[Haskell] Re: About Random Integer without IO
tatd2 at kent.ac.uk
Thu Nov 11 17:43:28 EST 2004
On 11 Nov 2004, at 22:02, karczma wrote:
> Thomas Davie writes:
>> This method unfortunately depends on having a seed first though.
> Which "this method"? Please, quote the text you are referring to
> your answer.
>> One must use a different value every time the program is started,
>> commonly time or the first few bytes from /dev/random. Any one of
>> these is going to require a monadic function to generate (i.e. it
>> must come from the environment in some way - it must change every
>> time you run the program) So while this eliminates the IO monad from
>> most of the program, it must still be initiated using it.
> I understand that you mean the seed-propagation method.
> You are *partly* right, that the same program executed several times
> generate the same sequence, if initialized identically. But there is no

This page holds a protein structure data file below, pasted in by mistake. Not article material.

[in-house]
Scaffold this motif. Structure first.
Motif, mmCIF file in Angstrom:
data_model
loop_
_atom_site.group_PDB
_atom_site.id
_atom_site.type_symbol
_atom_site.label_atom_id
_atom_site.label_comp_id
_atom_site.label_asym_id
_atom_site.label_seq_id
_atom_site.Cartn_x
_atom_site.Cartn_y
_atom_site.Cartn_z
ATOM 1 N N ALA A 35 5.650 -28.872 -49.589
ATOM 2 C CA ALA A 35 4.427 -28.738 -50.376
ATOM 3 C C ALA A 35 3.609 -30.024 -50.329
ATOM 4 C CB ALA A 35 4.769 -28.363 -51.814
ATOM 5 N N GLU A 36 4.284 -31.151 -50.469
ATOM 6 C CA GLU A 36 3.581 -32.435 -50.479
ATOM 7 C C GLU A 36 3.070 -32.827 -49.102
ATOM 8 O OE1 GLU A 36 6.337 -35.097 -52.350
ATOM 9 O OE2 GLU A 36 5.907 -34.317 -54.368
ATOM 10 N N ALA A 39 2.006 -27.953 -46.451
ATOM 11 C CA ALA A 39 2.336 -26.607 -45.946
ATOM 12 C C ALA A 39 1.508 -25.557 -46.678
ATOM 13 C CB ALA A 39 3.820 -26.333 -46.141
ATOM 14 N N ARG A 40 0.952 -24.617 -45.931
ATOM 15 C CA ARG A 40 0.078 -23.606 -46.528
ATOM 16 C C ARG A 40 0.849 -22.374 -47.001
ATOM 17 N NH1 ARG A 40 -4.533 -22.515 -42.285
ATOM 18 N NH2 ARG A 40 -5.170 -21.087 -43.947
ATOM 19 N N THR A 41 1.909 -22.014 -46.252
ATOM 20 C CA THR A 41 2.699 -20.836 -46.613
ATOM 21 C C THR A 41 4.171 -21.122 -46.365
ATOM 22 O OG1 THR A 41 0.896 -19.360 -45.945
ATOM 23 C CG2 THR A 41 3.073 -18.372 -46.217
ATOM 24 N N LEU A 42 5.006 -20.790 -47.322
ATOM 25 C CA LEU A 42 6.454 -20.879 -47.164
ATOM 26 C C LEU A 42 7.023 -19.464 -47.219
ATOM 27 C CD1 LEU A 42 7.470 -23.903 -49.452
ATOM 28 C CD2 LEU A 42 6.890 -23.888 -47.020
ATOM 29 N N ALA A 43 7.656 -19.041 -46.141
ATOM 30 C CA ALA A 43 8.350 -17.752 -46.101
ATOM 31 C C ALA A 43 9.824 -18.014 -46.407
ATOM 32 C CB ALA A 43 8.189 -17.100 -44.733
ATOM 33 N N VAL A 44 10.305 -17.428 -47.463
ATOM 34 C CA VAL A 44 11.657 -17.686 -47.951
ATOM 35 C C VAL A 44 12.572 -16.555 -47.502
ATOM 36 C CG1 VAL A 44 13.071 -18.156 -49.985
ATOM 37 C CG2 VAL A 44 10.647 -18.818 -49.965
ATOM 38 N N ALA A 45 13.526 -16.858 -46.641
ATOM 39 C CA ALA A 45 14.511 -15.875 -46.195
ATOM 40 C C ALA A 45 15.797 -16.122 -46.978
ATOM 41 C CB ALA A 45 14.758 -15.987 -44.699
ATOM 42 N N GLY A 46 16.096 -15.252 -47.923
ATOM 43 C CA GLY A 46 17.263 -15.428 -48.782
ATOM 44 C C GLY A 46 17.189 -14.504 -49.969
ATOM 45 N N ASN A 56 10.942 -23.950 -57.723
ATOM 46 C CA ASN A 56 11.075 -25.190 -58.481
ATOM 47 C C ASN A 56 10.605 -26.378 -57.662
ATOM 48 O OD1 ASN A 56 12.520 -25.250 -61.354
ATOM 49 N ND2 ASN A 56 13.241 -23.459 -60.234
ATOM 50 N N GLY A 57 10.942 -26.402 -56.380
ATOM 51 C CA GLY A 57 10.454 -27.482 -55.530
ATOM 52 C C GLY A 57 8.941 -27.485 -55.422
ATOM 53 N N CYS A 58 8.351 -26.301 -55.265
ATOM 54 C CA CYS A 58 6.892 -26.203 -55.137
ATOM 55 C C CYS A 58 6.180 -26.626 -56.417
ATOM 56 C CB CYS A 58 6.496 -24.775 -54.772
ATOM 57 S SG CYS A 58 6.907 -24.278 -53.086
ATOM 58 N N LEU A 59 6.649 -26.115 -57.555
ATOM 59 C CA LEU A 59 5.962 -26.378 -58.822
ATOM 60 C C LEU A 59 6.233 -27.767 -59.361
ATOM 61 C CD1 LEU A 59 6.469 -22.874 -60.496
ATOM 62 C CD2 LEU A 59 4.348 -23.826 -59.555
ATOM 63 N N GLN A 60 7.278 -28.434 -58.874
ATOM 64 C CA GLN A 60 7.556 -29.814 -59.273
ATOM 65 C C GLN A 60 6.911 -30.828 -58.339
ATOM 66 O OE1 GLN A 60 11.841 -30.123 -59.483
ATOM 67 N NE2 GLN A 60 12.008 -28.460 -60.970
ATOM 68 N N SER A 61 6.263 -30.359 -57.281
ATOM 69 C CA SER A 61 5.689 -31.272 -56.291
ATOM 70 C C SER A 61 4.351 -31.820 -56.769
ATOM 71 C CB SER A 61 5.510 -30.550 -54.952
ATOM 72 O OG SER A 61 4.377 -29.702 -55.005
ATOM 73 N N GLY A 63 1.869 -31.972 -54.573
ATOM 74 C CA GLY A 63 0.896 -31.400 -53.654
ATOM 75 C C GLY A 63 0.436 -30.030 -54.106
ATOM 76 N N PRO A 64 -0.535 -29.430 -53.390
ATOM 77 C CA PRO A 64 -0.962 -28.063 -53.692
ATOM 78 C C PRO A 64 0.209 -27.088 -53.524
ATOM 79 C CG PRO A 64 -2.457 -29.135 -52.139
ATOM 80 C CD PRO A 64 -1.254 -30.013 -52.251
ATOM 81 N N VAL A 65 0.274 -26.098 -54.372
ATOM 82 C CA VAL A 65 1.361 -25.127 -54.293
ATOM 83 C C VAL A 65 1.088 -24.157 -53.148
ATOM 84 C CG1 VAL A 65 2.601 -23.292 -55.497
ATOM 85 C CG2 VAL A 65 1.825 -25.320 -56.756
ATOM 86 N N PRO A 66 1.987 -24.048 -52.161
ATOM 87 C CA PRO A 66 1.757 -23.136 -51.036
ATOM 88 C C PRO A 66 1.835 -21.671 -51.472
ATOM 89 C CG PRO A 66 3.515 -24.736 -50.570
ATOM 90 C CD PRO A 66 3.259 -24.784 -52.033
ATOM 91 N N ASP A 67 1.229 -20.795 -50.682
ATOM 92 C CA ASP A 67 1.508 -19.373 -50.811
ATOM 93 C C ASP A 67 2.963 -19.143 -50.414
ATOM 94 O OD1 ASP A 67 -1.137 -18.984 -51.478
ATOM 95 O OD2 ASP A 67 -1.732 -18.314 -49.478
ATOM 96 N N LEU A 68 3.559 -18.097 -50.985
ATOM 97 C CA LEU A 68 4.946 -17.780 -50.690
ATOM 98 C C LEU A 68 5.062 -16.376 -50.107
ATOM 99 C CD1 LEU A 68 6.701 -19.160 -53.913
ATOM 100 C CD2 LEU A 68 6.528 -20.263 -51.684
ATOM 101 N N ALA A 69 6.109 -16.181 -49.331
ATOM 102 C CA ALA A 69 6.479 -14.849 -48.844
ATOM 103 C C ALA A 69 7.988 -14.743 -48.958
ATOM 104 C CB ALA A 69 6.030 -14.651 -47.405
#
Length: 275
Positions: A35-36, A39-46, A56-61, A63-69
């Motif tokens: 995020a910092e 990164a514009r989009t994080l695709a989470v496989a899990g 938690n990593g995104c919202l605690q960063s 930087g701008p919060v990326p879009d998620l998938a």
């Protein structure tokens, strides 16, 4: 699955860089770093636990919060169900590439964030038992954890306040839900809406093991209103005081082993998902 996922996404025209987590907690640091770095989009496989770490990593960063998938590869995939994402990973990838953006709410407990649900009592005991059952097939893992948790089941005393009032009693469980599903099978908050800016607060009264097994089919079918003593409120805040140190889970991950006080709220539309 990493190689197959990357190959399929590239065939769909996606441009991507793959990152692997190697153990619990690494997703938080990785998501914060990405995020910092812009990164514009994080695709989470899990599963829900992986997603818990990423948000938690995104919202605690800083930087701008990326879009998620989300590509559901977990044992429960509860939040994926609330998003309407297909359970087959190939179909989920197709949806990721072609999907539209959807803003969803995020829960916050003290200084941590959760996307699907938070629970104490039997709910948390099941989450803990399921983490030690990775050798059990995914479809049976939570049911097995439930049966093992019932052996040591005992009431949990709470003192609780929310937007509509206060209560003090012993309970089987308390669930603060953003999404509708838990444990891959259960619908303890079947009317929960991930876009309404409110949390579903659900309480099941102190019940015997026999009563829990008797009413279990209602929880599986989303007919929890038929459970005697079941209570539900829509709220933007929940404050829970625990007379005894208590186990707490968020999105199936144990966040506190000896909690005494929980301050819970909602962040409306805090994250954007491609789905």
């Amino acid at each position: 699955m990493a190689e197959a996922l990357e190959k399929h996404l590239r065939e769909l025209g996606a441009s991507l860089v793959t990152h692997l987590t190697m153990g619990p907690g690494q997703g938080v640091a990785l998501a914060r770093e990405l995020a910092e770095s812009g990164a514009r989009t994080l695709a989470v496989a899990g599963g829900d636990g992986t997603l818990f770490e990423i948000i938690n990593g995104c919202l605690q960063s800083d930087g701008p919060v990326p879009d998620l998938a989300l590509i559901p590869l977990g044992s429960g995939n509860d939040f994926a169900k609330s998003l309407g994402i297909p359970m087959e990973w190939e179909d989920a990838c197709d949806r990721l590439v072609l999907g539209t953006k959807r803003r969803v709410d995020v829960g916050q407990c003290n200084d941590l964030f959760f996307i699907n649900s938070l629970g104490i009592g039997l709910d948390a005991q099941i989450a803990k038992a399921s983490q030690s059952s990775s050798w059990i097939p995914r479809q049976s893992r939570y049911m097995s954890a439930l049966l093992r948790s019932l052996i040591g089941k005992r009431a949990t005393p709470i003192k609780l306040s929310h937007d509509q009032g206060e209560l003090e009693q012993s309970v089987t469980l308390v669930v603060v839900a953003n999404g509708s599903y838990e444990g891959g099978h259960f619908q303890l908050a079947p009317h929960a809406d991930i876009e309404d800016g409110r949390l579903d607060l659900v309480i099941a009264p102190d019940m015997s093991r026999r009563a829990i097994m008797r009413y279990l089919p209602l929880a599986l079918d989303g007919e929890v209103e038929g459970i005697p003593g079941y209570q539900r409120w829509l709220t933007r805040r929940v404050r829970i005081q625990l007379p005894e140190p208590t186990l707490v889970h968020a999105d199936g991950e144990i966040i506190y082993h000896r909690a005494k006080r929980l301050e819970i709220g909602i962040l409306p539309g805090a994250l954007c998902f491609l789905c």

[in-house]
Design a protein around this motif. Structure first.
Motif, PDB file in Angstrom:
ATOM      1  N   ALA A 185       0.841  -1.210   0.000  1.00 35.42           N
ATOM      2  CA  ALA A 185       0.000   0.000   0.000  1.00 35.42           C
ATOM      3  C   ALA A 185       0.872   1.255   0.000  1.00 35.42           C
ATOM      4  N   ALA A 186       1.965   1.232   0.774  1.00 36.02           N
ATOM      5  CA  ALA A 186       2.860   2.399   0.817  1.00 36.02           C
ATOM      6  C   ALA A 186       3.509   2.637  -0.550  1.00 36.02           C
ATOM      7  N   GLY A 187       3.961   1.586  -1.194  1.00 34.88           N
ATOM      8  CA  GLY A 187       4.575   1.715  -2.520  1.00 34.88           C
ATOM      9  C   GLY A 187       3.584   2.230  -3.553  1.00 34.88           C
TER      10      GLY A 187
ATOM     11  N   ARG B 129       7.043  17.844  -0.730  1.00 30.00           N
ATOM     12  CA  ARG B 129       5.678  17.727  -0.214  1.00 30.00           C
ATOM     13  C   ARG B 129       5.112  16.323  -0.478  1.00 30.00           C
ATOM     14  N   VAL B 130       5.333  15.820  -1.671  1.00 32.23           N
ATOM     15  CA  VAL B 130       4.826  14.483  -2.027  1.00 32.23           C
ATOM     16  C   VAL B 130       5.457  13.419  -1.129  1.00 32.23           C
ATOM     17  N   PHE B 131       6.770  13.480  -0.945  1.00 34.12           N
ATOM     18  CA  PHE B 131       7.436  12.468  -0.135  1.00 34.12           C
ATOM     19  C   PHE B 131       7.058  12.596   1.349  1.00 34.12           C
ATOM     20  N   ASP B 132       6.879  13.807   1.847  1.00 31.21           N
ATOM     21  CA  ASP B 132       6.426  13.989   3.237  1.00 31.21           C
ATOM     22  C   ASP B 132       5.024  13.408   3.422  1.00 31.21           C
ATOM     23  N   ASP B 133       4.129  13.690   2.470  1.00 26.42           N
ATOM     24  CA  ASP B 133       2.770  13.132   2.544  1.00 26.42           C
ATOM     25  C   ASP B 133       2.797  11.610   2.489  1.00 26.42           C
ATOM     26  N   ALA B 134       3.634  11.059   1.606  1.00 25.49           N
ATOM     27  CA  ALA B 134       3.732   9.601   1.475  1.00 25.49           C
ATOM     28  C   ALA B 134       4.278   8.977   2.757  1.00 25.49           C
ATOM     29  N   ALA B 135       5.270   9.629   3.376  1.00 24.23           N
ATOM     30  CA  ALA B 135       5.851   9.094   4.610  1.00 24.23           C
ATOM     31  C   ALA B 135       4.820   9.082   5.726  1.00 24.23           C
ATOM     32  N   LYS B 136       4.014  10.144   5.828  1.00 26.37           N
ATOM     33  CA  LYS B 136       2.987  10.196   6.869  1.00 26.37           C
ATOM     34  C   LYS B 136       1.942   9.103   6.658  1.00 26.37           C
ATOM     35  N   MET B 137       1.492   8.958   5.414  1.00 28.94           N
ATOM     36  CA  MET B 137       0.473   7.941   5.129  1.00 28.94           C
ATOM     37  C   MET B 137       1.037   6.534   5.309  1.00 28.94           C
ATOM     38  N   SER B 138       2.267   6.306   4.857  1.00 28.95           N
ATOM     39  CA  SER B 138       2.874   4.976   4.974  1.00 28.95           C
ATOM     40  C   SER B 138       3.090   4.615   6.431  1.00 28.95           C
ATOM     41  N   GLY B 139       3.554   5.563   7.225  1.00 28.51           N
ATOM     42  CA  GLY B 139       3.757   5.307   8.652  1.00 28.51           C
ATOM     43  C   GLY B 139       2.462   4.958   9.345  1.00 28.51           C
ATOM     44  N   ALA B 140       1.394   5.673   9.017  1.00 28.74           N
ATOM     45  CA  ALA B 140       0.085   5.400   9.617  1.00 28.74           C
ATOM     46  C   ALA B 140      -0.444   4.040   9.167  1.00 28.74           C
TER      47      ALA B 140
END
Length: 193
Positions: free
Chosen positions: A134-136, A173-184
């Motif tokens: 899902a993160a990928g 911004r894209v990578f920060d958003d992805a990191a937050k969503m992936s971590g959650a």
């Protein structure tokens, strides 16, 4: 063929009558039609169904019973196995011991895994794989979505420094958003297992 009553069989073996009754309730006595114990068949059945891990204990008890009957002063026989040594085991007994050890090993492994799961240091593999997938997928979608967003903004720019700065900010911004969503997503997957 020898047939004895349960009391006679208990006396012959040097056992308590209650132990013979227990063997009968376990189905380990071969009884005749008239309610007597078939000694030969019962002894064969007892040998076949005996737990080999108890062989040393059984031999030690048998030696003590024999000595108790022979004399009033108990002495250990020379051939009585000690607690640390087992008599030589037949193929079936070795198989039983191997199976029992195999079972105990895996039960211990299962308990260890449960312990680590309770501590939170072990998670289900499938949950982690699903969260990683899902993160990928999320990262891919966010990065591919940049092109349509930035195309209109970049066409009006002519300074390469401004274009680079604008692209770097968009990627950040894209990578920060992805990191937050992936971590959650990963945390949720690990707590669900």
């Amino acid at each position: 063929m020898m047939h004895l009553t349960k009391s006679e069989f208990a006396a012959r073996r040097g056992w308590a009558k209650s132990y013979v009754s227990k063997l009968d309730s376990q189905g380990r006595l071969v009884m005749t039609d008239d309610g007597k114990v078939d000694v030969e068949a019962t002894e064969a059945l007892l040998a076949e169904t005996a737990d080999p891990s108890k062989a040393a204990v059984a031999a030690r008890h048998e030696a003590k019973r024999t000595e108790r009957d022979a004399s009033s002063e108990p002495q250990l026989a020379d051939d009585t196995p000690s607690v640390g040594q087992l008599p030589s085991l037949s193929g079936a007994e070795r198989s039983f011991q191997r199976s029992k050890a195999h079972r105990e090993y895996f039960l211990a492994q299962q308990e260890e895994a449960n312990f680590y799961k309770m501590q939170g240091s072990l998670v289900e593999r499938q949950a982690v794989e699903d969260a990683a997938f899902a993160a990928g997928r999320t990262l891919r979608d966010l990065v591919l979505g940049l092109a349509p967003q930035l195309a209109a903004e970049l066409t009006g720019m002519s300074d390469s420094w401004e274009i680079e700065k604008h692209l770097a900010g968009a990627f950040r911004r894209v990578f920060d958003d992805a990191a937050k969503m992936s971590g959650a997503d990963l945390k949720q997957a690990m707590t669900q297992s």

> need for monads, it suffices to pass a parameter, or to read a
> initialization file each time.
> Of course, anybody, especially somebody contributing to this list has
> the right to be a nit-picker. But, if one is a *practical* user of
> random stuff, then he/she usually knows such details. Moreover, it is
> sometimes very useful to control absolutely the initialization, to be
> able to repeat the experiment, so, professionals in Monte Carlo, etc.
> rarely if ever, use time, or system-dependent (and hidden) random
> For me the initialization is a *context* problem, which I separate from
> the properties of the random generator. It is its quality, lack of
> correlations, etc. which is important. Do you know of many problems
> requiring an automated, truly random initialization? In this case one
> may well delegate this issue to the *launching* of the functional
> instead of struggling with it from within.
> This is my personal philosophy, everybody is entitled to his/hers.
While I agree that it is often useful to start your program with
different parameters each time to seed the random number generator, I
would argue that this is often inappropriate - supposing we are writing
a very simple program to roll a virtual dice. If the user finds one
input that rolls a six, they can then use this repeatedly. Reading an
initialisation file is back to the situation of using IO to generate
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